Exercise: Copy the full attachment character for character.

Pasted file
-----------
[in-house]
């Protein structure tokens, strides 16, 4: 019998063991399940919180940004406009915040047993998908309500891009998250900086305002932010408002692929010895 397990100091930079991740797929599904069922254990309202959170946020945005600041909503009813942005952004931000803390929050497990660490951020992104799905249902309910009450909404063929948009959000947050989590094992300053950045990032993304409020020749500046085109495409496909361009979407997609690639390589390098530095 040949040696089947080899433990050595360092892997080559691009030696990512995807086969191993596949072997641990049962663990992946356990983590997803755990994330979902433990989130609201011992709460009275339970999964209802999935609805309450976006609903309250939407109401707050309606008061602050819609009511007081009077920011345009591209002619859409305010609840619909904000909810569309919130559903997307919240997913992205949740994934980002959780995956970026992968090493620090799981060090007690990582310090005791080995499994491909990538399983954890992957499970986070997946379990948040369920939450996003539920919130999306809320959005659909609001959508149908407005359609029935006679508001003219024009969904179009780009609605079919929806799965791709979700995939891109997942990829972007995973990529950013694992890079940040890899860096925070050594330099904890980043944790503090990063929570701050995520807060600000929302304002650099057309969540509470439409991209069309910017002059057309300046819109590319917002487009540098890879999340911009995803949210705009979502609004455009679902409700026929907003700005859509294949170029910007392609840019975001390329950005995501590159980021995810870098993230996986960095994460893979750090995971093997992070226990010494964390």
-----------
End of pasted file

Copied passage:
[in-house]
């Protein structure tokens, strides 16, 4: 019998063991399940919180940004406009915040047993998908309500891009998250900086305002932010408002692929010895 397990100091930079991740797929599904069922254990309202959170946020945005600041909503009813942005952004931000803390929050497990660490951020992104799905249902309910009450909404063929948009959000947050989590094992300053950045990032993304409020020749500046085109495409496909361009979407997609690639390589390098530095 040949040696089947080899433990050595360092892997080559691009030696990512995807086969191993596949072997641990049962663990992946356990983590997803755990994330979902433990989130609201011992709460009275339970999964209802999935609805309450976006609903309250939407109401707050309606008061602050819609009511007081009077920011345009591209002619859409305010609840619909904000909810569309919130559903997307919240997913992205949740994934980002959780995956970026992968090493620090799981060090007690990582310090005791080995499994491909990538399983954890992957499970986070997946379990948040369920939450996003539920919130999306809320959005659909609001959508149908407005359609029935006679508001003219024009969904179009780009609605079919929806799965791709979700995939891109997942990829972007995973990529950013694992890079940040890899860096925070050594330099904890980043944790503090990063929570701050995520807060600000929302304002650099057309969540509470439409991209069309910017002059057309300046819109590319917002487009540098890879999340911009995803949210705009979502609004455009679902409700026929907003700005859509294949170029910007392609840019975001390329950005995501590159980021995810870098993230996986960095994460893979750090995971093997992070226990010494964390």